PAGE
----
Fonts are more important than one might think. While font choices may seem relatively insignificant, they can be critical in increasing a reader’s engagement with written material—whether it is an essay or a branding concept. That said, how fonts are designed also serves their purpose through their ability to play with people’s psychology—affecting how one perceives information.
What the font?
A good example is Sans Forgetica: a typeface made using psychological and design theories to enhance memory retention. By disrupting its letterforms by incorporating backward slants and gapping, readers are prompted to increase their focus on the text. Dr. Stephen Banham, a typography lecturer from the Royal Melbourne Institute of Technology’s (RMIT) School of Design, states how the font has “varying degrees of distinctiveness,” prompting readers to focus on the text.
Likewise, a similar typeface is used in bionic reading—a tool created by Swiss developer Renato Casuut. The font aims to make the reader’s eyes focused on the first few letters of a word, which are emboldened to enhance their reading speed and comprehension by letting their brain complete the rest of the text.
Besides helping readers improve their reading comprehension, memory, and overall performance, some fonts are specifically designed to help those with dyslexia, a disorder that affects parts of the brain that process language—causing one to, in a way, mix up letters and figures and to distort words. While Graphic Designer Luciano Perondi emphasizes that dyslexia is a “quite complex phenomenon” [as] there is not one type of dyslexia, some fonts have been designed to better assist dyslexic readers, such as the fonts OpenDyslexic and Dyslexie. These fonts utilize heavy-weighted but consistent bottoms that direct and reinforce lines of text, and the unique shapes help prevent confusion when rotated or flipped.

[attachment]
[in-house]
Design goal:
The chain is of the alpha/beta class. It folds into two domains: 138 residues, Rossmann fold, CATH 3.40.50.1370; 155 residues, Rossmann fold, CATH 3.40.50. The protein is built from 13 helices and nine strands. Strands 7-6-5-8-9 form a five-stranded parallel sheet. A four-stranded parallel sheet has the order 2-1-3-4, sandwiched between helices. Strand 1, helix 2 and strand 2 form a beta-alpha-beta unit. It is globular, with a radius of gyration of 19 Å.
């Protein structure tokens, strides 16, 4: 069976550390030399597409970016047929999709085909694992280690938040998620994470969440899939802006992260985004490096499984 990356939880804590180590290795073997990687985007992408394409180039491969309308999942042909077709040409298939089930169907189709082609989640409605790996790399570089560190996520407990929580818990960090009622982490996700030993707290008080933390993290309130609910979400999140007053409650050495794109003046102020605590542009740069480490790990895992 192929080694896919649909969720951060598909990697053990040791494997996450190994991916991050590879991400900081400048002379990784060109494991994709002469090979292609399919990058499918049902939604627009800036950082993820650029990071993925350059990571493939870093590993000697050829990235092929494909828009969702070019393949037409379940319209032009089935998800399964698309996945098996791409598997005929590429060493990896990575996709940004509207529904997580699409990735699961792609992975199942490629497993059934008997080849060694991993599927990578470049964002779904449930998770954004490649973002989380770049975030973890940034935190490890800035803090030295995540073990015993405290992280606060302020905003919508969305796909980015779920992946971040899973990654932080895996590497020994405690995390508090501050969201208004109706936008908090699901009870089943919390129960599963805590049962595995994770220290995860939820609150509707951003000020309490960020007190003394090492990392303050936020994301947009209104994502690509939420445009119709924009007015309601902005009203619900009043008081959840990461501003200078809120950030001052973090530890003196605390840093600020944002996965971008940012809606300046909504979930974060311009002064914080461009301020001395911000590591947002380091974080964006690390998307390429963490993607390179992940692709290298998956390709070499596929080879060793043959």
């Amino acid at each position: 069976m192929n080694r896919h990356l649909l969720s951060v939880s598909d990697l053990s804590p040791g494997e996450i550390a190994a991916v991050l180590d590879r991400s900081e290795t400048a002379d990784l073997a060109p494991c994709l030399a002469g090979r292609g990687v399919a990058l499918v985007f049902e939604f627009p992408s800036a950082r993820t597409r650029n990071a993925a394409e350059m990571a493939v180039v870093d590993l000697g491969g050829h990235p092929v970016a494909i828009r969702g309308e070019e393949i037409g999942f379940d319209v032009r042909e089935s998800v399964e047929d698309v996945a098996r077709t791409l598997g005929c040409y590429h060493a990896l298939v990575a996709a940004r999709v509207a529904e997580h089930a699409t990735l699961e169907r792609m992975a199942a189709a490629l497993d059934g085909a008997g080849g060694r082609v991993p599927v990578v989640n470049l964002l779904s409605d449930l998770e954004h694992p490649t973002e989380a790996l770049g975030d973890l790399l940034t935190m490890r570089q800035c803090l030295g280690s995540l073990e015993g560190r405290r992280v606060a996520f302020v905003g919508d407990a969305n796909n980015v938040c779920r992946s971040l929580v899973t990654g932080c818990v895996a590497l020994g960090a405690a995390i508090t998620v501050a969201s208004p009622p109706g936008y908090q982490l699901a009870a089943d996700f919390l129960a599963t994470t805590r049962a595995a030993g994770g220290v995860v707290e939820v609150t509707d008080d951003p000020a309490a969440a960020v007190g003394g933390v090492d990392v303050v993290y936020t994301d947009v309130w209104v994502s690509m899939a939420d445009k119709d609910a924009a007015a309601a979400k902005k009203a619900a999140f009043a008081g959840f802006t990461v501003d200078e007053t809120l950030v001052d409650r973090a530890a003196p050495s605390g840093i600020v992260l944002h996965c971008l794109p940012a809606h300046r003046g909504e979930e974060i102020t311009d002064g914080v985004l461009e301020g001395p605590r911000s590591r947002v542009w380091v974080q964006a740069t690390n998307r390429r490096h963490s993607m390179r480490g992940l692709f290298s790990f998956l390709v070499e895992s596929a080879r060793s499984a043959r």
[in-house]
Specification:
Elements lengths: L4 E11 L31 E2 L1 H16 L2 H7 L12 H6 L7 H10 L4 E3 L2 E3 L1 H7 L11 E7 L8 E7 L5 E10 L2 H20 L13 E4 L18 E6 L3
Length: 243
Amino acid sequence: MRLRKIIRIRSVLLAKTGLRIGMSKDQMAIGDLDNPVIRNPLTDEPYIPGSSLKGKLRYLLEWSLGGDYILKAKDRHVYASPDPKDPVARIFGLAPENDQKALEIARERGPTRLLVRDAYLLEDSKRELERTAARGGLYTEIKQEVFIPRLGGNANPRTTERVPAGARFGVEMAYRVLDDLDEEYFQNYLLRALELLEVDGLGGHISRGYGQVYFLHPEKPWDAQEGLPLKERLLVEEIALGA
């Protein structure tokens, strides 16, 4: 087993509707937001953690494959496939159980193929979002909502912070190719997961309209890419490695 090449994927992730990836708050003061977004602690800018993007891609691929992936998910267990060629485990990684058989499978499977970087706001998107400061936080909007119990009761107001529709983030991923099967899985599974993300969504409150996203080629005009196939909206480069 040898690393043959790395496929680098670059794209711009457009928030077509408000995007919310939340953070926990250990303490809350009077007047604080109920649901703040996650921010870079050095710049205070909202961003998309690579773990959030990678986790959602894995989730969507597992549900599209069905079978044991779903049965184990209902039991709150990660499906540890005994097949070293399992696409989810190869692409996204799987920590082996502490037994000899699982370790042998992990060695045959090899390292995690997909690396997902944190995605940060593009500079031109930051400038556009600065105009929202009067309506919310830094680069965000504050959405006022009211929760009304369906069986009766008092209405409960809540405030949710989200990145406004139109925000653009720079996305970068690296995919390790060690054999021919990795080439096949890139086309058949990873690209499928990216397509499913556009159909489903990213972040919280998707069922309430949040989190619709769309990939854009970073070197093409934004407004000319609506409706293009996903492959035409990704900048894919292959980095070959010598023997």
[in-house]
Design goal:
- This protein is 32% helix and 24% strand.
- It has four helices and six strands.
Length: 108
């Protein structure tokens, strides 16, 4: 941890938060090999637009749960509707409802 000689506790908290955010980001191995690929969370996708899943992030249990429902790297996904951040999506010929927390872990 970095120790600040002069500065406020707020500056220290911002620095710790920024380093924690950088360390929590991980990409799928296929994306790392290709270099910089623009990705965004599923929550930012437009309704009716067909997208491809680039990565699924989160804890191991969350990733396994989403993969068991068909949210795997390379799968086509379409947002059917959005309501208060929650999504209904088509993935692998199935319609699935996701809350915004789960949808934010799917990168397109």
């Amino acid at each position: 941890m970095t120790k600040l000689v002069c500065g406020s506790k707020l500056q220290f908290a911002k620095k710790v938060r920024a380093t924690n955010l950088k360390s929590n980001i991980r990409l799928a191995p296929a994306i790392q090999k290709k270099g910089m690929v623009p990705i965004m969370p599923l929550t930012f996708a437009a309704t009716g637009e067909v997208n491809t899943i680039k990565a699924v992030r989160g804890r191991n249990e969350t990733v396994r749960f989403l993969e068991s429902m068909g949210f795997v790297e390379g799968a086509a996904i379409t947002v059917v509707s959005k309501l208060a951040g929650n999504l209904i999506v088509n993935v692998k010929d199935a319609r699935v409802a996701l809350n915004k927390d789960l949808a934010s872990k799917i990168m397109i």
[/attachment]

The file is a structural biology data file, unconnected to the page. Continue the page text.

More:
Context of the text
Perondi explains that in determining the effectivity of a particular font, its internal validity should be assessed. This is in terms of the impact of an independent variable such as font size, spacing, and shape on a dependent variable: the reader.
He also expounds that significant typeface aspects such as line length and body size are connected to visual and eye movement angles, which influence one’s reading performance. Perondi furthers that text arrangement and usage are equally important, illustrating that results for comprehension and memorization were better when conceptual maps were used as tools for schematizing knowledge.
This has been demonstrated for Sans Forgetica. Through an online experiment conducted by RMIT’s Behavioural Business Lab, the usage of this font showed an increase in reading performance. Out of all the 400 student participants, 96 were tasked to look at word pairs, and 69 percent remembered the pairs that were in Sans Forgetica. The remaining 303 students took a mock multiple choice exam. It was observed that they remembered 57 percent of the text when in Sans Forgetica compared to one in Arial font.
For the future
Overall, these typefaces are more than just a font—they serve as tools that help us with memory retention, information retrieval, and reading speed. They also serve to make information more accessible to those with sight or reading disabilities.
However, while these assistive technologies can improve reading performance, Perondi reminds us of how there is still much to study regarding how humans read, understand, and retain information. “Humans are complex, and therefore, reading is complex. The more we study, the more we understand [that] we don’t know how it works,” he stresses.
Banham hopes that these tools can still become more accessible to all soon. He emphasizes that their work on Sans Forgetica is just “a stepping stone to further research in addressing specific learning difficulties.” He further expresses his anticipation for the future development of these technologies, hoping that “[their research] will act as a catalyst for others to continue this line of inquiry.”